“The Whole Thing Is a Merry-go-round”

The Mechanism of Circularity in Horace McCoy’s “They Shoot Horses, Don’t They?”





Horace McCoy, Hollywood novel, society of the spectacle, capitalism, hardboiled, Great Depression


Anticipating the tone and the tropes of the classic Hollywood novels, Horace McCoy’s They Shoot Horses, Don’t They?, published in 1935, investigated the condition of marginality of Hollywood’s ‘outsiders’ along with the destruction of their dream. Set during the Great Depression, McCoy’s novel portrayed not only the valuable psychological role of Hollywood in reassuring a demoralized nation but also its dynamic of exploitation and pipedreams, aligning itself with the broader debunking strategy of the hardboiled novel in confronting the contradictions of New Deal Liberalism. McCoy’s fictional account of dance marathons—with their endless circular movement—portrays the commercial exploitation of tawdry events which cruelly exploit young people and that becomes a metaphor or a parody of the Hollywood dream factory.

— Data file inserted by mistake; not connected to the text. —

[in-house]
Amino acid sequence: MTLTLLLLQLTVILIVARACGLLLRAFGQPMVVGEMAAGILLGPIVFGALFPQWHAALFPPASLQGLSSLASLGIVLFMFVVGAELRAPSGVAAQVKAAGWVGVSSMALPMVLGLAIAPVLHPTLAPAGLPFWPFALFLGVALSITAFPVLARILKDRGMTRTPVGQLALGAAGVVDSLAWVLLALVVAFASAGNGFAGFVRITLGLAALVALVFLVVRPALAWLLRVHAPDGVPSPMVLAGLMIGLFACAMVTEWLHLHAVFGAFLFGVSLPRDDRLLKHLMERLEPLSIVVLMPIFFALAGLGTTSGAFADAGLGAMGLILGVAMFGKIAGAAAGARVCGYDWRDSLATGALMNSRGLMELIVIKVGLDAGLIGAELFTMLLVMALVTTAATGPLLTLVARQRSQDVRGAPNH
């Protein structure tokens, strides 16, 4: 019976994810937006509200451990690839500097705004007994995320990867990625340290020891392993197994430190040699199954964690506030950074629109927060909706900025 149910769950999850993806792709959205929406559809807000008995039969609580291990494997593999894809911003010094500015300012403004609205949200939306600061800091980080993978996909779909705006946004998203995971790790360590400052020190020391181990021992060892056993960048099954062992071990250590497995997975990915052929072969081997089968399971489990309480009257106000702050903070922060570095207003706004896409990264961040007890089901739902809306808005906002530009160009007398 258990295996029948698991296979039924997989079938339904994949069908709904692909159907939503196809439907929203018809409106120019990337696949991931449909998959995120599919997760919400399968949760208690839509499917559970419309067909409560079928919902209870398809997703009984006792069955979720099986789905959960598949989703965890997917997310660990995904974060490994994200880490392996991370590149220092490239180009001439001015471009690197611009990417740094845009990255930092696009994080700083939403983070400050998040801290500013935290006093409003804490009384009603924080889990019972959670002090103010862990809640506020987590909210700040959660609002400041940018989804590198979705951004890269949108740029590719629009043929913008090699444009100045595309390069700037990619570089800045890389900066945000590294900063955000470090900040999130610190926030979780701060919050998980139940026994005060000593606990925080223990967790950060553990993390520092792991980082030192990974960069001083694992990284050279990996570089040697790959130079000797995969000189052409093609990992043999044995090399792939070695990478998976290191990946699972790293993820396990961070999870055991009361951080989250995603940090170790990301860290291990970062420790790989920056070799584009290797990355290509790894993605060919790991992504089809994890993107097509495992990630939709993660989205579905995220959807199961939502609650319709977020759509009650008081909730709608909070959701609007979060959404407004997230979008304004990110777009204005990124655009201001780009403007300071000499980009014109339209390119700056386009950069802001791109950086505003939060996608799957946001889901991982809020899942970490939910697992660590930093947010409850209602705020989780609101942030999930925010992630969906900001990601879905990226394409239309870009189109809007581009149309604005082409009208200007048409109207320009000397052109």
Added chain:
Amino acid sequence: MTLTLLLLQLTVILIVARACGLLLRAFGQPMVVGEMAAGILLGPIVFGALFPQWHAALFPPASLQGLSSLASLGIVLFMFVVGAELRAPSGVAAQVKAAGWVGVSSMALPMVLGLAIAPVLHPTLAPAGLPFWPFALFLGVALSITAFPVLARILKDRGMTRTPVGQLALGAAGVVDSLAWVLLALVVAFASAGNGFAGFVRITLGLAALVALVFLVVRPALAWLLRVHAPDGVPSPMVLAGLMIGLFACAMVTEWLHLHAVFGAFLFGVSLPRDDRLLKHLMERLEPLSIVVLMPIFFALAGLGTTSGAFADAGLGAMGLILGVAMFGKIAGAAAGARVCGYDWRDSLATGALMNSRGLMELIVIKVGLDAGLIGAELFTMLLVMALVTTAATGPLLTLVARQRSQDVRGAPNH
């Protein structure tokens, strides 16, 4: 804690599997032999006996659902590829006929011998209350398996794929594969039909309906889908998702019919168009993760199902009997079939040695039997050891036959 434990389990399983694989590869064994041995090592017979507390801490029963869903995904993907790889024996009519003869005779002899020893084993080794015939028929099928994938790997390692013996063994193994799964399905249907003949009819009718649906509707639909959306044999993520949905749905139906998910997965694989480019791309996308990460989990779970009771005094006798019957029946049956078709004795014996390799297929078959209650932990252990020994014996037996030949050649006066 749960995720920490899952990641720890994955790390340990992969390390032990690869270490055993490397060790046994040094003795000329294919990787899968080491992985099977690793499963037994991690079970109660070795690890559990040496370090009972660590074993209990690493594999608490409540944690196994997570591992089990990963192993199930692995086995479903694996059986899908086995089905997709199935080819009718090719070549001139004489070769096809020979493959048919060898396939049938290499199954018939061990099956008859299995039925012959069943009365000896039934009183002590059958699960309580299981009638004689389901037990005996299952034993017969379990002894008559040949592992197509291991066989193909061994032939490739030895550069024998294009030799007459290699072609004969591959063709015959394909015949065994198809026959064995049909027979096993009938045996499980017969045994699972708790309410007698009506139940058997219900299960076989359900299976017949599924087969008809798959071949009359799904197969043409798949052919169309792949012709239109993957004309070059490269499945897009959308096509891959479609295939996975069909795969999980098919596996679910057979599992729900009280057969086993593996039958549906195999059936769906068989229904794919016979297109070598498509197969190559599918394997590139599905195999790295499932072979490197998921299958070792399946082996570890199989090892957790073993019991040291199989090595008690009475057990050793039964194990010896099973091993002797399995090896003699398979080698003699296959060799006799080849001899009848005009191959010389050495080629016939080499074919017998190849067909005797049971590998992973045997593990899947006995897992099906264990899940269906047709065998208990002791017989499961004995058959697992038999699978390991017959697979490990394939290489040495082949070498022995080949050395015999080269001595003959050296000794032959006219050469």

Against the post-Marxist theoretical background of Guy Debord’s Society of the Spectacle, this essay tries to highlight and question a mechanism of circularity that seems to be rooted in the novel’s narrative function. In particular, by considering Slavoj Žižek’s interpretation of Lacanian desire and drive, I stress the correspondence between the circular movement of the drive and the self-regenerating circulation of capital that the Slovenian philosopher proposed in The Parallax View (2006). Starting from this correspondence, my analysis of the novel aims to uncover its mimetic apparatus with regard to the representation of circularity which affects the whole narration.


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